Is Internet Enough?

          Around the world, societies have struggled with oppression. The people’s voice has been taken, and no good, simple solution has been found to this problem. An Egyptian activist by the name of Wael Ghonim believes to have a simple solution, “ ’If you want to free a society, just give them Internet access’.”[i] This is such a simple fix for such a complex problem. Can releasing a society from a tyrant’s stronghold really be this easy? At the time of the 2011 revolution in Egypt, Wael Ghonim, along with a large portion of the Egyptian people, believed so. This could be a start, giving a voice to the voiceless, but, it turned out, not enough to see long lasting change.

            To get an idea of the recent revolution in Egypt, a quick timeline needs to be set. In 2011, a revolution started whose goal was to get rid of widespread social injustice occurring in Egypt, as well as the dictator causing it. After months of massive peaceful protest, such as the sit-in in Tahrir Square, Hosni Mubarak, current leader at the time, stepped down from office. This was a sign of hope, change, and for the revolution. After Mubarak’s leave, elections were held, and a member of the Muslim Brotherhood was elected by the name of Mohamed Morsi. A year after being elected, Morsi was replaced by the military coup; the revolution seemed to have made a full circle. Yet, the revolution started quickly, and gained support rapidly. In a society where all news is censored and citizens monitored, the Internet was key.

In the past, revolutions took time to start and build support. There was no easy way to express opinions without being reprimanded, or start demonstrations without being violently broken up. The public was controlled, but “growth of the Internet and the penetration of smart phones during the 2000s layered a new dimension onto this rapidly evolving new public sphere.”[ii] The introduction of Internet and Satellite television changed the game. People could now post their views and express their opinions anonymously, which gave them the ability to speak up and out without worry of government consequences. One of the social media sites that played a huge role was Facebook.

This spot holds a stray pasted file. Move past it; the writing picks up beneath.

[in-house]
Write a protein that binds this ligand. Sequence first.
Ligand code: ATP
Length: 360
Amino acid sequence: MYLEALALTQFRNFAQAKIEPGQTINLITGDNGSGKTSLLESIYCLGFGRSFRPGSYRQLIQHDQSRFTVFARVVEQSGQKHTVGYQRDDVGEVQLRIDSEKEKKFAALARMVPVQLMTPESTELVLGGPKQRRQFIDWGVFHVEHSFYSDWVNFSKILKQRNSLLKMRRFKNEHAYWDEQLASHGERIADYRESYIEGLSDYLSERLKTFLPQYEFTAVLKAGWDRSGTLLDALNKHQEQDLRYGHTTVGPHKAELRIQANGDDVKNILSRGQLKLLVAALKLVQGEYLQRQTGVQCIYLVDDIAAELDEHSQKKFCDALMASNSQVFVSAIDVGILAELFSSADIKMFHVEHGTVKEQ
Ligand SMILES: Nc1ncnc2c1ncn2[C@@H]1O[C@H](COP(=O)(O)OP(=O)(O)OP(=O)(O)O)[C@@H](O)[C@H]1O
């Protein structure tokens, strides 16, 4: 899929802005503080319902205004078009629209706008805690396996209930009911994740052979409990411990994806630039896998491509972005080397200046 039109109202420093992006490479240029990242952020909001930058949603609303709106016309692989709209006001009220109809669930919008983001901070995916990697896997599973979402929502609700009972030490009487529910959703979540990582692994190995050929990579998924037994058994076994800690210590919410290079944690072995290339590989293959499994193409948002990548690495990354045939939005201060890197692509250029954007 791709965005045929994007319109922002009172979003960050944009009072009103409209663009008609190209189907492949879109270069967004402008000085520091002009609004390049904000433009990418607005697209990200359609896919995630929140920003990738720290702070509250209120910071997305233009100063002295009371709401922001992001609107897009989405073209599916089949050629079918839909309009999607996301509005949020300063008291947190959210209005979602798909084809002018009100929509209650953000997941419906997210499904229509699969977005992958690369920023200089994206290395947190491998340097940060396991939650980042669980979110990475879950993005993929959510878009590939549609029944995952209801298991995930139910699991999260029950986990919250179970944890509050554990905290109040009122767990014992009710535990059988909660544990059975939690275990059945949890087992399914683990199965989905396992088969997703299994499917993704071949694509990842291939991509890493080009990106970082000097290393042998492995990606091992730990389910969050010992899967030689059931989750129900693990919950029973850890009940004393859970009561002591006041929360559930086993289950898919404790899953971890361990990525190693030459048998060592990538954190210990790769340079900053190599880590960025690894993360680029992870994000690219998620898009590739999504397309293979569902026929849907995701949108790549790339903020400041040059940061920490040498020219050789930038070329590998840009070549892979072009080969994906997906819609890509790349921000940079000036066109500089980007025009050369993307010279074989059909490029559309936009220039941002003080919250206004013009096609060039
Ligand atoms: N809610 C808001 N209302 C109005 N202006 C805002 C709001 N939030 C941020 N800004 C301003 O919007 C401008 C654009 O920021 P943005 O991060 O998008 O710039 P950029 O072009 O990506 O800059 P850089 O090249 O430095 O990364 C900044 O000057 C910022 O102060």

Facebook took off in the Arab would, with “more than 21 million users” by 2011.[iii] Facebook is just one example of the social sites that gave an easy source of private contact between activists and public awareness. Without need to meet in person, demonstrations were created faster, and support was able to grow faster. Similar to satellite channels, the Egyptian government couldn’t censor Facebook. This allowed activists’ ideas and the actuality of the situations occurring in Egypt to escape to the rest of world and Arab nation. Facebook gave them the chance to share uncensored videos and ideologies globally. This helped rally outside support and hinder government actions. The ruling party couldn’t get away with their violent oppressive behavior anymore without it showing up on the web or the news. This gave a fast start, exponential growth, and advantages to the revolution, that past revolutions wouldn’t have had. The Internet helped free a society from a large portion of the ruling stronghold, yet the revolution still failed.